• Gold rose, after notching up its first annual gain in three years as investors increased bets that the Federal Reserve will start to cut interest rates in the months ahead. Bullion ended 2023 up 13% — hitting a record in early December — amid speculation the central bank is set to loosen monetary policy as inflation abates, which would benefit non-yielding assets. Swaps traders now see six rate cuts over the next year, despite officials pushing back against rapid loosening. Traders will look to US data releases later this week, including employment figures, that may influence the Fed’s monetary policy stance. The median economist forecast is for a cooling in the jobs market, which could help turn the outlook more dovish.
  • Investors added money to exchange-traded funds that buy emerging market stocks and bonds last week. This was the eighth straight week of inflows. Inflows to U.S.-listed emerging market ETFs that invest across developing nations as well as those that target specific countries totaled $1.34 billion in the week ended Dec. 29, compared with gains of $4.05 billion in the previous week, according to data compiled by Bloomberg. So far this year, outflows have totalled $0.
  • ASML Holding NV canceled shipments of some of its machines to China at the request of US President Joe Biden’s administration, weeks before export bans on the high-end chipmaking equipment came into effect, people familiar with the matter said. The Dutch manufacturer had licenses to ship three top-of-the-line deep ultraviolet lithography machines to Chinese firms until January when new Dutch restrictions take full effect. However, US officials reached out to ASML to ask them to immediately halt pre-scheduled shipments of some of the machines to Chinese customers, according to people familiar with the matter, who asked not to be identified because the discussions were confidential.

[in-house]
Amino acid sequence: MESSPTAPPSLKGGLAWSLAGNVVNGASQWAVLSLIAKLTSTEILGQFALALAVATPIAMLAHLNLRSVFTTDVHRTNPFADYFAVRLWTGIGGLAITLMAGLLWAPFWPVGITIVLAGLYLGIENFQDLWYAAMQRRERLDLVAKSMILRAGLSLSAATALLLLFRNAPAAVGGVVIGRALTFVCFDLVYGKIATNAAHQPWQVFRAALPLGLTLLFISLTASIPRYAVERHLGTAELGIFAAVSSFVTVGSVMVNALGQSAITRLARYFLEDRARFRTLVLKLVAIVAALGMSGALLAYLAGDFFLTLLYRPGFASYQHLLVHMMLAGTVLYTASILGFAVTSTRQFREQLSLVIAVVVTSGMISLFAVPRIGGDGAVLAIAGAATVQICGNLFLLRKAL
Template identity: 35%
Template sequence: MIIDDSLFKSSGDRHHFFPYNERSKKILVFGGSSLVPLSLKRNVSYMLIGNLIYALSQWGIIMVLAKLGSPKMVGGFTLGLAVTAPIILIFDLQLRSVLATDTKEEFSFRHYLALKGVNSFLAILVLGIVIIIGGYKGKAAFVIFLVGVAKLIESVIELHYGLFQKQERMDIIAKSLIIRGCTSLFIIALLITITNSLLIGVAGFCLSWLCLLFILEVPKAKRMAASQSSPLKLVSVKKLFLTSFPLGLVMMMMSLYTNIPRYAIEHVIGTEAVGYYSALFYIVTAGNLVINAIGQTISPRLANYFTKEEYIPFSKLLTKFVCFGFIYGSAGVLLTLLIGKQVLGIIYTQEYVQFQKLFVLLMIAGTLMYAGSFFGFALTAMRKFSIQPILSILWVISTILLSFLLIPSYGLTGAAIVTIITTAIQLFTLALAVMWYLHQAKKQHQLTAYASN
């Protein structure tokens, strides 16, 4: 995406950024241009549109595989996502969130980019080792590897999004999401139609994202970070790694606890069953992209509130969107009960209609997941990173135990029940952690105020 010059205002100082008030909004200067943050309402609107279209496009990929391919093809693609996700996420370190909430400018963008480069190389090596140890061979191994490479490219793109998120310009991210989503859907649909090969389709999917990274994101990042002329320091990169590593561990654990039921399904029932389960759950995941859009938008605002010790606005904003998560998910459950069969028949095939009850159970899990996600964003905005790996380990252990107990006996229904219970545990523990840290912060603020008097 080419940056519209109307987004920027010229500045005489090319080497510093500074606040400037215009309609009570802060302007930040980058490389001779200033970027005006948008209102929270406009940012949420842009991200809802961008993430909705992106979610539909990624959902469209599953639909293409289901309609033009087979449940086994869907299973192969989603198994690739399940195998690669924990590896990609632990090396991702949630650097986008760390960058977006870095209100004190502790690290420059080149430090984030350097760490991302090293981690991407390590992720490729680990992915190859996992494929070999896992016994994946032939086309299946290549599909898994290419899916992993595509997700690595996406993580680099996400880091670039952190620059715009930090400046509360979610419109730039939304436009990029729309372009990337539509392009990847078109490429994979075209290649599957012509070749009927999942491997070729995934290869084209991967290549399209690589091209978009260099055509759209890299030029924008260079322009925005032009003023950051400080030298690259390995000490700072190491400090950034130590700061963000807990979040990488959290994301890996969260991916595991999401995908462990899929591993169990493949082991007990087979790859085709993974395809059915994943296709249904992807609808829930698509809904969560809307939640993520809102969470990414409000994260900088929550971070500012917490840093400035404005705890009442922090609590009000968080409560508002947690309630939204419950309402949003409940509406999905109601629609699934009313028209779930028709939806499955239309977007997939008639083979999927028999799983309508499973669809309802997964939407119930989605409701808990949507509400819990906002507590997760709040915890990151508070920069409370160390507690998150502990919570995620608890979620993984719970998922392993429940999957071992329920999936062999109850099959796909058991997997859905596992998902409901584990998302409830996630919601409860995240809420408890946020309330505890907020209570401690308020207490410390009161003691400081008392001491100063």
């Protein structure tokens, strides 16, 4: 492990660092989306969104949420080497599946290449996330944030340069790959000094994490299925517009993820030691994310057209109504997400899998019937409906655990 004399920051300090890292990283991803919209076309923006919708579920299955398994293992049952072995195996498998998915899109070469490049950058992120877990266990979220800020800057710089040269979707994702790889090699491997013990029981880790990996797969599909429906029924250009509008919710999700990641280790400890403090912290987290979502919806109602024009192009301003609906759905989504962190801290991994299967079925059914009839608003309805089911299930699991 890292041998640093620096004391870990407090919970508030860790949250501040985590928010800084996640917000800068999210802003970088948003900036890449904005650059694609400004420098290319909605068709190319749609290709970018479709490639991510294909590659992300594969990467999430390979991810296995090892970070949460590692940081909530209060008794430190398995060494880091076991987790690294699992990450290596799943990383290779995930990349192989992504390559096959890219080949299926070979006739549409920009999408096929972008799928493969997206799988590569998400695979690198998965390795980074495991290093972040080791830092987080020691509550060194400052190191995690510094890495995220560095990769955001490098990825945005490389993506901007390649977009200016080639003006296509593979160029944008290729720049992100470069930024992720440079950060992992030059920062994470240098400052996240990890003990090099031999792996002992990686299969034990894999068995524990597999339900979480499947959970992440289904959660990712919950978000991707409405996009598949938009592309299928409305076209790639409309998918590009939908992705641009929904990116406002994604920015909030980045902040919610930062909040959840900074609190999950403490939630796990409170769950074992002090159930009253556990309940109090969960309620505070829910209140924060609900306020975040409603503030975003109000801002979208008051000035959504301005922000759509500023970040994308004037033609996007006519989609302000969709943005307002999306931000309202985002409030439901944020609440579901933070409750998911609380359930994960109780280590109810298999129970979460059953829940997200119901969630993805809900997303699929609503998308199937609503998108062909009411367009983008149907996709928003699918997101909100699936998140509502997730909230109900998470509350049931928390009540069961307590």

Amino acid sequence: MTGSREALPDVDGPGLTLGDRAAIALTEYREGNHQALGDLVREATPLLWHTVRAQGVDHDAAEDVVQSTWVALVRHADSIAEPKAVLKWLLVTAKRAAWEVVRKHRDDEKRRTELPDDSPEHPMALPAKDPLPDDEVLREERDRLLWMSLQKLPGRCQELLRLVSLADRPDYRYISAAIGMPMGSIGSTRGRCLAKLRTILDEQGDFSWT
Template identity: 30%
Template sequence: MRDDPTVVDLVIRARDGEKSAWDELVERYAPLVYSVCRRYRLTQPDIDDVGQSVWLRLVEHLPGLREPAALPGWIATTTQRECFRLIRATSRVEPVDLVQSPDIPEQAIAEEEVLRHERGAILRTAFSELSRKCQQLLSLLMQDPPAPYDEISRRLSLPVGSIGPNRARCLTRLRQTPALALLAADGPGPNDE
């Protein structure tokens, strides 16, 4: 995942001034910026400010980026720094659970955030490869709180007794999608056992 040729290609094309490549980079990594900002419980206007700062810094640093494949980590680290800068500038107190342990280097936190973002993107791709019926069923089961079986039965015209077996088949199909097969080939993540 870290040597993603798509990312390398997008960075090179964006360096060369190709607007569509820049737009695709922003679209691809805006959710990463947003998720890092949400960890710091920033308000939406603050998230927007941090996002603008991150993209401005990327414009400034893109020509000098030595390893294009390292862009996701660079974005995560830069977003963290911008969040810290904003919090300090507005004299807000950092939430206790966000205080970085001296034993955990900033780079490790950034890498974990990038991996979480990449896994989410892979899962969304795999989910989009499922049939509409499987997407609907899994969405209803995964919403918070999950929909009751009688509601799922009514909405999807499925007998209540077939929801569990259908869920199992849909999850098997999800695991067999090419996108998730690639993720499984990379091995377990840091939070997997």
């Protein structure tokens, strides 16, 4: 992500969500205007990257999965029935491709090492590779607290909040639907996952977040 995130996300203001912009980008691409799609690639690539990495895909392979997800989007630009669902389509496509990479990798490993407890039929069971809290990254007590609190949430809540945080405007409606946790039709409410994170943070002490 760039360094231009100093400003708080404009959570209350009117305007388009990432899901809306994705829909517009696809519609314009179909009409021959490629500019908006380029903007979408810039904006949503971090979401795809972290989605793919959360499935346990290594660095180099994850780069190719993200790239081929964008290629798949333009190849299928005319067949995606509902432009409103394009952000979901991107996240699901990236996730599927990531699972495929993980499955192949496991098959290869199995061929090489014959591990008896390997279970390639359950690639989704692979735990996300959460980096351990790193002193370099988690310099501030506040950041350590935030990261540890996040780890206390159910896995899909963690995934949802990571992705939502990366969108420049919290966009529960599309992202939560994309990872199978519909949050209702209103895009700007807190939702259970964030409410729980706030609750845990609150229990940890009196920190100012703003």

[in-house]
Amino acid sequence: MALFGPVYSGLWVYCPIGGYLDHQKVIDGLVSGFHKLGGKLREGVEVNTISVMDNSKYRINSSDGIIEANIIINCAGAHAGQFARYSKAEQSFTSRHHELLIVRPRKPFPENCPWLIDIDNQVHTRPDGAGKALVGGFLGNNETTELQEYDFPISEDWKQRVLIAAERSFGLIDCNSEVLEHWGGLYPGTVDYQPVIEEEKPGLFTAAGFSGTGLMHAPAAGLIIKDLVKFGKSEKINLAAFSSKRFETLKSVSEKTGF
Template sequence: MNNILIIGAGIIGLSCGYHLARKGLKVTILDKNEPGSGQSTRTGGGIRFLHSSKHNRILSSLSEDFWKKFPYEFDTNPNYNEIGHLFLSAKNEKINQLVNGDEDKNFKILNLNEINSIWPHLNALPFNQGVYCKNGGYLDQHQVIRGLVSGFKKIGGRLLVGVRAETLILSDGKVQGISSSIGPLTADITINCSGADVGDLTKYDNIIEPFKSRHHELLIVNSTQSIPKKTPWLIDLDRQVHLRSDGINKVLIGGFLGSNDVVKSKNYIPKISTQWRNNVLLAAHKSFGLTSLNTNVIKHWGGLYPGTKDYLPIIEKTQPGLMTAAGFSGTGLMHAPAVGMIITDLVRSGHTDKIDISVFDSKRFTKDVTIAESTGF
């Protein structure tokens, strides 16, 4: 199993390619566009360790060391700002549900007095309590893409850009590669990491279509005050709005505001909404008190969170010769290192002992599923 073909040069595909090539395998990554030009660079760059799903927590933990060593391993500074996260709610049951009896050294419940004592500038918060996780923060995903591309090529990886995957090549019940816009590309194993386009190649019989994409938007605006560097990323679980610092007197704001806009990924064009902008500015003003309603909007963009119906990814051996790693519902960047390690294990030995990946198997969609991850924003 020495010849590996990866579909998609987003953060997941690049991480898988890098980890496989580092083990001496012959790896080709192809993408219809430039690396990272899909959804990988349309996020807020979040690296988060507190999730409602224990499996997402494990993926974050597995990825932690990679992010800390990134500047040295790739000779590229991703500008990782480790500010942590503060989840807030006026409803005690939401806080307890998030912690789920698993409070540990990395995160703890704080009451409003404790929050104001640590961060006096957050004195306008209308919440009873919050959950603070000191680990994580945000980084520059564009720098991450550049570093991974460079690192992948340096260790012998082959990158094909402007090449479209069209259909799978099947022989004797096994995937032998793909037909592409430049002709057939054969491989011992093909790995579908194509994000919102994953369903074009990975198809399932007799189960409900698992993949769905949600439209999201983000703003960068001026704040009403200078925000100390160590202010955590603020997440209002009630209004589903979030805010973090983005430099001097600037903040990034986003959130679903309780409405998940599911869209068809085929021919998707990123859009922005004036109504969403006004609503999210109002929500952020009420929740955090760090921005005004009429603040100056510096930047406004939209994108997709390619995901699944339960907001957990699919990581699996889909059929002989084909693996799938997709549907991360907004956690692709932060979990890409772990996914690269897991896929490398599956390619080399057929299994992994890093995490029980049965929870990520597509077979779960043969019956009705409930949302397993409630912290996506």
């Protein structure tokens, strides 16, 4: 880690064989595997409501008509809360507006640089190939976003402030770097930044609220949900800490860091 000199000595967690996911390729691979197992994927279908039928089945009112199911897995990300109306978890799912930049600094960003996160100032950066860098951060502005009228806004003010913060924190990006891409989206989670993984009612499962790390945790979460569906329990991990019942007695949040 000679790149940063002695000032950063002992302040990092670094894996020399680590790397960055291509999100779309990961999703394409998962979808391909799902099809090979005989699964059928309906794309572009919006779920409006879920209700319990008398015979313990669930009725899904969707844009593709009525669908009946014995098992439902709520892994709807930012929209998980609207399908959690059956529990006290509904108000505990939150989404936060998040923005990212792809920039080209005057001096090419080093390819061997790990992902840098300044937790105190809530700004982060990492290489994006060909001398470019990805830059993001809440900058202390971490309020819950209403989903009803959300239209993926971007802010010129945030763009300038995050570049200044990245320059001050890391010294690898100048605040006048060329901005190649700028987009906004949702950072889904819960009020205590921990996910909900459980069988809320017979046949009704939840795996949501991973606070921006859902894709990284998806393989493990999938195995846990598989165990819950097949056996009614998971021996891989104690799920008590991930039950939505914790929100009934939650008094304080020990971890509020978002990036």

• Iberdrola SA’s US unit has terminated a $4.3 billion agreement to buy a local rival, ending three years of legal and regulatory wrangling over the deal. The 2020 deal to buy New Mexico-based PNM Resources Inc. was terminated because all final regulatory approvals were not received by Dec. 31, Iberdrola’s Avangrid Inc. said in a statement Tuesday. There was still no clear timing on when a resolution might occur, it added. The collapse of the deal puts a major break of Iberdrola’s ambitions to expand its operations in the US. Still, the Spanish company’s management has repeatedly said it would be open to looking for other options if it couldn’t acquire PNM.
  • Britain’s push to become a “space superpower” is being undermined by political disarray and weak domestic investment, while showing how the nation needs international partners more than ever post-Brexit. In a case study of UK industrial strategy after leaving the European Union, Britain is embracing collaboration and mergers, while targeting niche roles in the booming space economy like curbing space junk and launching small rockets, instead of large-scale ownership or leadership, top-ranking officials and executives told Bloomberg News. The US’s close strategic ally is settling for the supporting role at a time of geopolitical turmoil and economic headwinds. In 2023, Britain’s top satellite operators — Inmarsat Group Holdings Ltd. and OneWeb Global Ltd. — were absorbed by overseas rivals who are bulking up against Elon Musk’s fast-growing Starlink, while launch projects have been sidelined by bankruptcy or delays. German startup HyImpulse Technologies GmbH delayed plans for a launch from a new Scottish spaceport last year after slow progress there led the firm to seek alternative sites, Chief Executive Officer Mario Kobald said in an interview.